transform your space into
your personal haven

what's for dinner?

take the poll





a home + living guide for the post-college, pre-parenthood, quasi-adult generation


editor's note 

o lounge 
o nourish 
o host


submit your ideas

big decorating dreams. tiny little budget. don't be a wallflower! jump on over to the discussion boards and get decorating help.

copyright ©1999-2000

more secrets of a SECONDHAND shopper: estate sales | 1 2 3 4

Yard sales, garage sales, flea markets, rummage sales, Goodwill, Salvation Army and the like are all fine sources for snagging secondhand goods at rock-bottom prices, but when it comes to finding the real treasures, nothing beats an estate sale. Just about every truly cool, remotely valuable bit of furnishing I have in my home was purchased for a bargain price at an estate sale – that teak dining table set with the beautiful curved-back wood chairs, our funky vintage orb lamp, the brand-new (to us) mid-century-modern walnut daybed that now graces the living room. For anyone with high-end tastes and low-end budgets, estates sales are just pure shopping heaven. True, what begins as a perfectly sensible, very smart way to furnish your digs on the cheap may eventually turn into the sort of can’t-live-without-the-fix addiction that sends you scurrying to find a support group to wean you off that irresistible estate sale high. But when you’ve finally reached the stage of life when your parents’ ratty hand-me-down futon and the coffee table you salvaged from a dumpster no longer seem like appropriate furniture for someone with your fine sense of style, estate sales are the way to go.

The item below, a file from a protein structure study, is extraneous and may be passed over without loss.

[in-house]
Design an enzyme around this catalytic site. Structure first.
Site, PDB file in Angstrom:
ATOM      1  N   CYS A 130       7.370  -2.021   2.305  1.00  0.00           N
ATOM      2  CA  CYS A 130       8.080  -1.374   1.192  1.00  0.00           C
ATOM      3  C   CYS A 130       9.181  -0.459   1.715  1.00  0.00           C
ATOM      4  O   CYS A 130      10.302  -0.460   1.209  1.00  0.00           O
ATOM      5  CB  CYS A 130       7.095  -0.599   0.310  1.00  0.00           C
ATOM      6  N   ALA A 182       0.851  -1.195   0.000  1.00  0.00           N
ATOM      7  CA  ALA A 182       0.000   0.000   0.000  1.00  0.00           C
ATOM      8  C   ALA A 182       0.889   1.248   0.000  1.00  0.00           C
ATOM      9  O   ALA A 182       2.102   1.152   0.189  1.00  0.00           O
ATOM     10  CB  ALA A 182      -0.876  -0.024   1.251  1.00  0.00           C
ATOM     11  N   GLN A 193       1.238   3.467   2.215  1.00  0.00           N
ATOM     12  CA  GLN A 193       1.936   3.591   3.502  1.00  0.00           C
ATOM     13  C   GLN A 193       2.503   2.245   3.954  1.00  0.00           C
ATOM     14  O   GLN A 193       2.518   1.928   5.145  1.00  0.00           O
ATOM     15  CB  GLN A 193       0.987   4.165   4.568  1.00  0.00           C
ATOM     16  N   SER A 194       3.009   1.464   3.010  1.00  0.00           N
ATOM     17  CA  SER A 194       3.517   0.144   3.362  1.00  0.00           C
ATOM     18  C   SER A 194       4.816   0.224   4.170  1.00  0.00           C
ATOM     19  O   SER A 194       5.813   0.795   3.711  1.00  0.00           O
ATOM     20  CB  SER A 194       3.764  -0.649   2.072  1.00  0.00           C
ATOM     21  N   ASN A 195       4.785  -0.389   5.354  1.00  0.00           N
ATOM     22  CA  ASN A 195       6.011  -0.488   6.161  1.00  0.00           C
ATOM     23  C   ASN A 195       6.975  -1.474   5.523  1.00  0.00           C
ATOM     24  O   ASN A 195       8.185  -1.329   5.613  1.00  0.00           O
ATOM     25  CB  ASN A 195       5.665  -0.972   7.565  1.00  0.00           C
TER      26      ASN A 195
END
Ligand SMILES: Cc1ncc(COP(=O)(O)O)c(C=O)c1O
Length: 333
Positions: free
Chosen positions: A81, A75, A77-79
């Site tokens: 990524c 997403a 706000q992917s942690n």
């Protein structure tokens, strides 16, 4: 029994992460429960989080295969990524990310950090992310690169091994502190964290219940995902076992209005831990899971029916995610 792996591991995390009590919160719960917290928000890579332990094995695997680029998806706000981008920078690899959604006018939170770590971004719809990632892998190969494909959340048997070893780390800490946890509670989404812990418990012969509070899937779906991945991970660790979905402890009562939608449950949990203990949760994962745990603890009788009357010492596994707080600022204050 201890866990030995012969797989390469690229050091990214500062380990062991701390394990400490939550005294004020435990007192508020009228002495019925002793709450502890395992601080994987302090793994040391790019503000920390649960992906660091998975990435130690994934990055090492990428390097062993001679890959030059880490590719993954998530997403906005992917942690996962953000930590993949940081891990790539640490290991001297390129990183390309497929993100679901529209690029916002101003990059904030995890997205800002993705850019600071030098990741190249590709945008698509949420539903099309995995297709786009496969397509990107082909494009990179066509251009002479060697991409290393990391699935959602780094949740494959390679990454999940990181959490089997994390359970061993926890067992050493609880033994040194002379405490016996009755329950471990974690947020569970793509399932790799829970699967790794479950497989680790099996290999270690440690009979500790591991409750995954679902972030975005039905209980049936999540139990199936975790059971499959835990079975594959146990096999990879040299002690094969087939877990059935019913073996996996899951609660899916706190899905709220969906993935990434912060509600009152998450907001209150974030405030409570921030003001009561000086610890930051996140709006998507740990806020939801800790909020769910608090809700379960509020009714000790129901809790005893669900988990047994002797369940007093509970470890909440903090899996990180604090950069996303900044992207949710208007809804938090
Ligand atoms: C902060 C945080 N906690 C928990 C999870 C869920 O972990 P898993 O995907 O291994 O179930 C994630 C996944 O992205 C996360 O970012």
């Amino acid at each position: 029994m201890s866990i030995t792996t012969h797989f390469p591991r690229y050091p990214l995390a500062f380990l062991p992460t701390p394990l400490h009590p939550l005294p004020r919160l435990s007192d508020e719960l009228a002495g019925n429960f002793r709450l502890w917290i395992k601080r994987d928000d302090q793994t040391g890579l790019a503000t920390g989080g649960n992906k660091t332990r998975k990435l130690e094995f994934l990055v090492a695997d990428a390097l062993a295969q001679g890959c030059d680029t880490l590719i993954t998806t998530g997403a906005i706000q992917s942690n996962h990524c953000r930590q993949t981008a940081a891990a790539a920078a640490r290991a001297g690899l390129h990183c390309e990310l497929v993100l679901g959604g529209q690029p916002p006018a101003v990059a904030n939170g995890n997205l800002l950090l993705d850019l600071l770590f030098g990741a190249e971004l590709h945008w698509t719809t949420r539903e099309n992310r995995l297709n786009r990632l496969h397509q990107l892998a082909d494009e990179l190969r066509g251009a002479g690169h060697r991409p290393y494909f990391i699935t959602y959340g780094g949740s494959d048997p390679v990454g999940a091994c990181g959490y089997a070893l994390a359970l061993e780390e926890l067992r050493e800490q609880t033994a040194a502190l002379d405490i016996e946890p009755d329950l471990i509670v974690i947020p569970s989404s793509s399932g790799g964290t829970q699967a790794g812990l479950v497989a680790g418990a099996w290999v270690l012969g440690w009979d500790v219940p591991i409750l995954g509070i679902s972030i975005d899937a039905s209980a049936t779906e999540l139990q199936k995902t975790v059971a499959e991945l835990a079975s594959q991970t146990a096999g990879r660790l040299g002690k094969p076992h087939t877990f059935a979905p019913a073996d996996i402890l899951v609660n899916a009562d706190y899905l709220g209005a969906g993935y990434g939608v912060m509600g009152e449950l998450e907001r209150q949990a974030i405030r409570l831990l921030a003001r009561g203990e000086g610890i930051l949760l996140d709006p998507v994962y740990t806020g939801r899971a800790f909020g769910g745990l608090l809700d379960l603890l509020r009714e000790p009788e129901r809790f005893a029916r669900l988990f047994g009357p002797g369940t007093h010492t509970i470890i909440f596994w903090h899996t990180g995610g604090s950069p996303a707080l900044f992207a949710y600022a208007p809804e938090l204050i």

So what the heck’s an estate sale anyway?
Estate sales stand apart from your regular old, garden-variety yard sales/garage sales in that they occur after a person has passed away. Now, if you’re first reaction to that is “Ewwwww, that seems a little morbid,” trust me, I understand. The first time I ever stumbled upon an estate sale, I have to admit: it did weird me out a little to realize that all of us bargain-hunters were fighting over some poor old dead person’s things, like vultures circling around a roadkill. But what I’ve realized now is that sure, death is sad, but these estate sales actually serve to make a very difficult time for the surviving family just a tiny bit easier, by saving them the hassle of figuring out just what they’re going to do with all that stuff that they can’t use themselves.

but wait, there's more!


---------------------------> lounge . nourish . host . laze . home.